Kaiseki at Senjuan

High class cuisine at rock-bottom prices in Kumamoto

By Mandy Bartok    - 3 min read

The kaiseki restaurant of Senjuan sits in the eastern part of Kumamoto city. It's a decent hike from the last stop on the tram line and set in a workaday neighborhood. Locals are more likely to visit the nearby kaitenzushi chain eatery Sushiro than indulge in what is normally a pricey meal of painstakingly prepared seasonal cuisine.

But step through the curtained doors across the street at Senjuan and you'll be treated to the freshest food presented in several exquisite courses. Our lunch began with a starter plate of sashimi, fresh salad, a creamy tofu and a flavorful chawanmushi (egg custard). This was followed up by a box of various "goodies" - wheat gluten topped with red miso, dumplings, small meatballs, simmered vegetables, small portions of various cooked fish and egg omelet. A dumpling made of some sort of potato and topped with a sauce much like agedashi tofu was the main part of the course and taste-wise, it did not disappoint. Despite the fact that everything was presented in bite-sized morsels, I was nearly full when the waitress brought out the plate of vegetable tempura, the chagohan (rice wih tea poured over it) and the dessert of fresh fruit bites (including local grapes and rarely seen pomegranate seeds). Dessert is also accompanied by either a cup of tea or a cup of coffee.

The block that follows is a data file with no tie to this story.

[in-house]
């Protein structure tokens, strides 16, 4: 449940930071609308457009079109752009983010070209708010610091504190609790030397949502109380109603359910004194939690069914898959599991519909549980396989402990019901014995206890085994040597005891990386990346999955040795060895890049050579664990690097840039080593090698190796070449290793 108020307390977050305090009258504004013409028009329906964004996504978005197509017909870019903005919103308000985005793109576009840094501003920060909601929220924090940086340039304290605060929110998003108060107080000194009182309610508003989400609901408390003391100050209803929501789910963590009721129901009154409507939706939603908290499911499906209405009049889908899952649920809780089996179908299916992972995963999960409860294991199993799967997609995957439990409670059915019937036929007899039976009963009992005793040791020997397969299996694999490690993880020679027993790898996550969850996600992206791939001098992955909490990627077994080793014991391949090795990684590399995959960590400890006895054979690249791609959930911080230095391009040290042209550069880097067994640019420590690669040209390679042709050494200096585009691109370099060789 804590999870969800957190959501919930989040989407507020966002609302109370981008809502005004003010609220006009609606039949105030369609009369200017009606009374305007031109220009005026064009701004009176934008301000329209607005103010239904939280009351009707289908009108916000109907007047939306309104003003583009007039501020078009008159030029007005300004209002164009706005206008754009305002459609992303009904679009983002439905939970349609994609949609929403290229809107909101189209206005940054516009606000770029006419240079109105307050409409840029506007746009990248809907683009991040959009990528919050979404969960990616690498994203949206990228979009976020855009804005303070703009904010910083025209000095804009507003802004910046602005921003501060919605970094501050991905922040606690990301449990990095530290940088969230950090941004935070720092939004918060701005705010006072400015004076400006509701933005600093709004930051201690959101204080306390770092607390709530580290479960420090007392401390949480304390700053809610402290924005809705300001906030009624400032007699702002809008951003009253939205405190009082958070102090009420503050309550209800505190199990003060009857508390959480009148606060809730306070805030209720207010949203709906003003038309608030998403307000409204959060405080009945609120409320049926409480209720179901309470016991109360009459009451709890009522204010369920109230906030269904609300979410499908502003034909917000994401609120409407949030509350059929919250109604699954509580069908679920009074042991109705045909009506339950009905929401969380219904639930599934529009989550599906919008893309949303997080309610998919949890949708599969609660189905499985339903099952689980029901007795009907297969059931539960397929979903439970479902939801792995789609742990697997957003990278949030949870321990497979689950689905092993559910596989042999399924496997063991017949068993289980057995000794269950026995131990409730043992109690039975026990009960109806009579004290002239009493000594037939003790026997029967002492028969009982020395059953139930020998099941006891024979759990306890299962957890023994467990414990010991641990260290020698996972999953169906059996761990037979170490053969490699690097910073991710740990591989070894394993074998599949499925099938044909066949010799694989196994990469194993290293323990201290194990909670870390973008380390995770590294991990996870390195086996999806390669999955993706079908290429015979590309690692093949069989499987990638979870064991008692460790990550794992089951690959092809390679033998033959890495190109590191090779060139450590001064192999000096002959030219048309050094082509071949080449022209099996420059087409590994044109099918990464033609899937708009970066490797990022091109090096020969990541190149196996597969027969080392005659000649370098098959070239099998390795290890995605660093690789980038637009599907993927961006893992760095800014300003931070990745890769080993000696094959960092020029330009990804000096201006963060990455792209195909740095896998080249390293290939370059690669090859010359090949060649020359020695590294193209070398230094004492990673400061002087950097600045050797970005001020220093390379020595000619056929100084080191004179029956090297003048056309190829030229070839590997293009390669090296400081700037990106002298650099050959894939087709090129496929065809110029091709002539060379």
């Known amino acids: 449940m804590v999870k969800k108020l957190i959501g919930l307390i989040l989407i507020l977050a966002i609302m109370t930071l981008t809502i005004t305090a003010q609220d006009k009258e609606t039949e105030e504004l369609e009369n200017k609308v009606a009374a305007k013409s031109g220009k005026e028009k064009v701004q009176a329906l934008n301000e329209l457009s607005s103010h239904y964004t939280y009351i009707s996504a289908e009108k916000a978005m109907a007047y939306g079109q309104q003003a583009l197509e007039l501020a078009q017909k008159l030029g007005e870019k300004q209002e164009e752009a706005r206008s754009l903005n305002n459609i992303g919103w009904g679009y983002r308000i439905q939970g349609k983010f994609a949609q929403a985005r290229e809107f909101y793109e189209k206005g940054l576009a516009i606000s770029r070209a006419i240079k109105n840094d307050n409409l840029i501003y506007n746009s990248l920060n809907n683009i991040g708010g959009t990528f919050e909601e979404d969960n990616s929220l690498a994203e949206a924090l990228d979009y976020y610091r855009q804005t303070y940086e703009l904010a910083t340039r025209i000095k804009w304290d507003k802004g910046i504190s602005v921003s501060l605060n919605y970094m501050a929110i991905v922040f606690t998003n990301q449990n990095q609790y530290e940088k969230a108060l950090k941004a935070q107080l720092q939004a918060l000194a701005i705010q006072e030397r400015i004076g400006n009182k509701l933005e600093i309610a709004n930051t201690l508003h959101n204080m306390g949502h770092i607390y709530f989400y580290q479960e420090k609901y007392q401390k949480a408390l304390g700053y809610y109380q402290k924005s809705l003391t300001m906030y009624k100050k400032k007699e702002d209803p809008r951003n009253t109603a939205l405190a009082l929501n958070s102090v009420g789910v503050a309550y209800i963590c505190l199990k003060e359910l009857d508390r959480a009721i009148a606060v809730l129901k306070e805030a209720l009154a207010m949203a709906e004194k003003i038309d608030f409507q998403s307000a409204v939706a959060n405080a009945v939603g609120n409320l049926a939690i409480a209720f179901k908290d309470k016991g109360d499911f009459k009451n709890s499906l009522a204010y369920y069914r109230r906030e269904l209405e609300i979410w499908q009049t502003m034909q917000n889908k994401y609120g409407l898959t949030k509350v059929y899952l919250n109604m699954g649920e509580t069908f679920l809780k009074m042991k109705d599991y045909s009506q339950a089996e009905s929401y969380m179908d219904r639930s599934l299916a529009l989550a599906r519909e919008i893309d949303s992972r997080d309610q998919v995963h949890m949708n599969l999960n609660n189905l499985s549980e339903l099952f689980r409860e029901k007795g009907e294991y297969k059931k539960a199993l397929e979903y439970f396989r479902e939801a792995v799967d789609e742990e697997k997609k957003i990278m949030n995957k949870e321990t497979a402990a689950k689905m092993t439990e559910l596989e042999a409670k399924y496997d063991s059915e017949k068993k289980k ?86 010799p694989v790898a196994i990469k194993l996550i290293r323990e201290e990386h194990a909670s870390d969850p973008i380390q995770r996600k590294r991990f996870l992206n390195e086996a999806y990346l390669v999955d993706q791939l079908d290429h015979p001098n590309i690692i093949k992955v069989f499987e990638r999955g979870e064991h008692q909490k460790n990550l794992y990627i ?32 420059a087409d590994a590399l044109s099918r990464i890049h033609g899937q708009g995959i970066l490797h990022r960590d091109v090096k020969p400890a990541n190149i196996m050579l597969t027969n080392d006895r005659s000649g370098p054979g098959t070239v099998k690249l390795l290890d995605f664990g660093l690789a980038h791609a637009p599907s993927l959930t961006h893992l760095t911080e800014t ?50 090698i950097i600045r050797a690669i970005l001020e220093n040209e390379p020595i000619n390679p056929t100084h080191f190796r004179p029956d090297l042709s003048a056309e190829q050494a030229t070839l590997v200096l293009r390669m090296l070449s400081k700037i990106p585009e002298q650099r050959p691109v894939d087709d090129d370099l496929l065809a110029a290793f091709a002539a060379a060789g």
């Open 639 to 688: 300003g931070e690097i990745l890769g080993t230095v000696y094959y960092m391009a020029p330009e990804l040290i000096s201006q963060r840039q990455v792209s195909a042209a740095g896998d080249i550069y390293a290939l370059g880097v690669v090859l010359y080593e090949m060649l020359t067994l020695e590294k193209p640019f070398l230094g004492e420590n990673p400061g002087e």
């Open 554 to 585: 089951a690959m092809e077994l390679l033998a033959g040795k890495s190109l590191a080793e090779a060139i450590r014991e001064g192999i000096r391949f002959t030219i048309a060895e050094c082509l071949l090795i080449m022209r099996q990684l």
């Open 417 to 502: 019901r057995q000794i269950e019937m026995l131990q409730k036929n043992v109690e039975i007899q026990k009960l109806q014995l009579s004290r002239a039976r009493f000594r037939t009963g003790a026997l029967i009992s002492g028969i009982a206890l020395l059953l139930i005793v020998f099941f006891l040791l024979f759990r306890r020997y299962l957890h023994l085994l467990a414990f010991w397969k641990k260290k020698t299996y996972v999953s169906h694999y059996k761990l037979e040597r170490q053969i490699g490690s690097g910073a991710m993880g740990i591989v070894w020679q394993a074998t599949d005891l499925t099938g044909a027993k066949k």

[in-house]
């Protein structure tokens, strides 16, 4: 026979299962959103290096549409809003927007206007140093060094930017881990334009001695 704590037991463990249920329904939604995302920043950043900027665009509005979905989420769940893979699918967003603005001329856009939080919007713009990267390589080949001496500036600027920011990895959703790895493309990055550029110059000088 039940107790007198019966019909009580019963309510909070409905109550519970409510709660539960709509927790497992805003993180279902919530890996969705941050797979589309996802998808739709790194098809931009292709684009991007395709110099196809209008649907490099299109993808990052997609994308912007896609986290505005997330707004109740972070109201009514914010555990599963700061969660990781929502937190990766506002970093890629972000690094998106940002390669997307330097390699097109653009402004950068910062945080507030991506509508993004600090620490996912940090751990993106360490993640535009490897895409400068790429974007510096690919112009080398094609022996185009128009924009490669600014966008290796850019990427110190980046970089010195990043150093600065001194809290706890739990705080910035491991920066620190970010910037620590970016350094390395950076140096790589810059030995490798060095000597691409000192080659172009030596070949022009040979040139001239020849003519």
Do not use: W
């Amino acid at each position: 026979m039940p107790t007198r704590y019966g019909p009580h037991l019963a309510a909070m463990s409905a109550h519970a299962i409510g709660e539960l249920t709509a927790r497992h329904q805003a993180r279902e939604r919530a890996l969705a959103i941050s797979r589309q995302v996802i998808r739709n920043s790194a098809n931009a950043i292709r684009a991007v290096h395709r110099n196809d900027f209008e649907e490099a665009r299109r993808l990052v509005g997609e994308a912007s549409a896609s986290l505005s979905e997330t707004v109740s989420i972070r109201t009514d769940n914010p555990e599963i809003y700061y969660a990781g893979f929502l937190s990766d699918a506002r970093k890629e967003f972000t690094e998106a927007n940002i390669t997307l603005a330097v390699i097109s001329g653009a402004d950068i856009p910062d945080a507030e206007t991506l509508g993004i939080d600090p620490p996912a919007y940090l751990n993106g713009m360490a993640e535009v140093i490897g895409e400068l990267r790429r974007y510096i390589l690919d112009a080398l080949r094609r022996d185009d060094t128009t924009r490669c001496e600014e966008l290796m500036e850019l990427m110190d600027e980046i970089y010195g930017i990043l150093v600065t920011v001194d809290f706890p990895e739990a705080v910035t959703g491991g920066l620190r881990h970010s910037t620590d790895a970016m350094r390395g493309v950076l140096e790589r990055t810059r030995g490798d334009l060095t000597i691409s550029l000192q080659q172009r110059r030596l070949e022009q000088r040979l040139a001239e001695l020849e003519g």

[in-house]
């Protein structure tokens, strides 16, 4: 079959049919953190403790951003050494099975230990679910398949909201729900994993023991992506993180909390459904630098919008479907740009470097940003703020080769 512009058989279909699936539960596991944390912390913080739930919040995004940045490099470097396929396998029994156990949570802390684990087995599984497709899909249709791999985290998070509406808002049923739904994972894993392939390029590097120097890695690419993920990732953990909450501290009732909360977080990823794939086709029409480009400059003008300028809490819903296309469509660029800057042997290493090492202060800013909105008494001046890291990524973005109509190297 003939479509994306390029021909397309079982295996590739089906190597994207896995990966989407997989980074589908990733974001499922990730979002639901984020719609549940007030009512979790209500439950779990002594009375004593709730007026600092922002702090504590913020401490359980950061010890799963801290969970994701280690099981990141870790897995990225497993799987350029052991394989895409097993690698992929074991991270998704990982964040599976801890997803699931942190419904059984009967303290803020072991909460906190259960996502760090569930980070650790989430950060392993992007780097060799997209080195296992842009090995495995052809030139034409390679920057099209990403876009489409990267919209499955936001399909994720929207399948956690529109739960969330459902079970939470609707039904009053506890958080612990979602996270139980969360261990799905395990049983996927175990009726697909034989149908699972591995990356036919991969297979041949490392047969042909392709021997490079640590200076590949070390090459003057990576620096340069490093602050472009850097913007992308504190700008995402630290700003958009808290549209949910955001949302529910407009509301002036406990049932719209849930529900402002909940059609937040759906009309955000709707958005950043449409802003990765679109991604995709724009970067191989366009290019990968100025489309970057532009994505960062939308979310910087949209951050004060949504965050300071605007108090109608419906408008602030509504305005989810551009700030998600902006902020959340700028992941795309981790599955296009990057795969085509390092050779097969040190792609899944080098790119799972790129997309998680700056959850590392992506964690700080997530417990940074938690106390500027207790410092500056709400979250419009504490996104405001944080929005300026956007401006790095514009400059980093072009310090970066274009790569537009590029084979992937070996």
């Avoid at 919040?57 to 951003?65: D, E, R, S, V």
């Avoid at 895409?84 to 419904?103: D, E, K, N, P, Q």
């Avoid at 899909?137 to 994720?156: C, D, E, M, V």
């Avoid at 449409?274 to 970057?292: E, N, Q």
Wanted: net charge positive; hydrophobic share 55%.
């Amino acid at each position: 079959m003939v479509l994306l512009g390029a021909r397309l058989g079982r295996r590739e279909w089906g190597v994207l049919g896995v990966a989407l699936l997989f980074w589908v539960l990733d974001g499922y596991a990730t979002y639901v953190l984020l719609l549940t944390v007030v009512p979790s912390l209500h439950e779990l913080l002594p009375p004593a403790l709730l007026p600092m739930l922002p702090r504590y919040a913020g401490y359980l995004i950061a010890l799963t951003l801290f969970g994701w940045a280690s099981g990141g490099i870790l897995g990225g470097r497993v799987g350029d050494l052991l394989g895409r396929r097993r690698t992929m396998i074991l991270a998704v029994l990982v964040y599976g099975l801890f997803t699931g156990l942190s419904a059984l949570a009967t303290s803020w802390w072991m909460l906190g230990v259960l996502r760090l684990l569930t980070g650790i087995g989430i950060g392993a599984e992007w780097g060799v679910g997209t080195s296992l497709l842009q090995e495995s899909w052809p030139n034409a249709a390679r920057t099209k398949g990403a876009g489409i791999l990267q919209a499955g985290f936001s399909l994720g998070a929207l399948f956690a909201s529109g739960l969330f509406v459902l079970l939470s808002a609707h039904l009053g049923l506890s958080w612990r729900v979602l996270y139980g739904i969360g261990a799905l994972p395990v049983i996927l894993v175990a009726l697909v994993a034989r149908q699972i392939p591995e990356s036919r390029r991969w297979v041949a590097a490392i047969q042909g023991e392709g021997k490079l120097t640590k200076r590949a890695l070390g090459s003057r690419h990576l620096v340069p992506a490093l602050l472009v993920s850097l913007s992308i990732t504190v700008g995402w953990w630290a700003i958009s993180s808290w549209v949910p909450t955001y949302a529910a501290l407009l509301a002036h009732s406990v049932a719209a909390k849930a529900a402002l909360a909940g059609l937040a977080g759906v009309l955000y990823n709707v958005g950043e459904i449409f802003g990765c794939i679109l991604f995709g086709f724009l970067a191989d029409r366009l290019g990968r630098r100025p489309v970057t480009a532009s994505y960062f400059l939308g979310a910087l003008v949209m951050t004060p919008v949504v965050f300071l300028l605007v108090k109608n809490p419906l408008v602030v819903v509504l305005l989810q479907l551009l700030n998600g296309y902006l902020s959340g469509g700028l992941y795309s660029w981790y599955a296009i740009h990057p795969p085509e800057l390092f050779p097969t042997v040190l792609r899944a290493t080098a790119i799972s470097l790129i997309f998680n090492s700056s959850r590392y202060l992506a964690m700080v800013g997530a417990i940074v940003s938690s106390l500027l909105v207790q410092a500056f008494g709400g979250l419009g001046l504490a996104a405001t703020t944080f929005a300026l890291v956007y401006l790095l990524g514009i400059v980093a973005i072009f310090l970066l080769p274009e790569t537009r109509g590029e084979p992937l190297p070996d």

The menu is in Japanese, but there are pictures to assist a bit with the choice. A familiarity with the Japanese kanji for numbers will be useful as the prices are written entirely in Japanese, but for reference, the cheapest lunch meal is ¥1728. Comprising at least 7-8 separate dishes, it's a steal for the price. 

Unlike many kaiseki restaurants, seating at Senjuan is at tables and chairs in a carpeted dining area. As far as I could tell, there is one main room, meaning private rooms are not an option for this establishment. However, a range of child chairs indicates that kids are more than welcome.

A local bus runs along the road in front of Senjuan but if you are not familiar with the Kumamoto bus routes, coming by car is your best option. There is parking for about eight vehicles in the gravel lot right in front of the restaurant.

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Mandy Bartok

Mandy Bartok @mandy.bartok

Japan resident for 9 years, with time spent in Okinawa, Kumamoto and Tokyo. 

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Yui Yamaguchi 3 years ago
Did you like chagohan? I never heard about it and wonder what the taste like...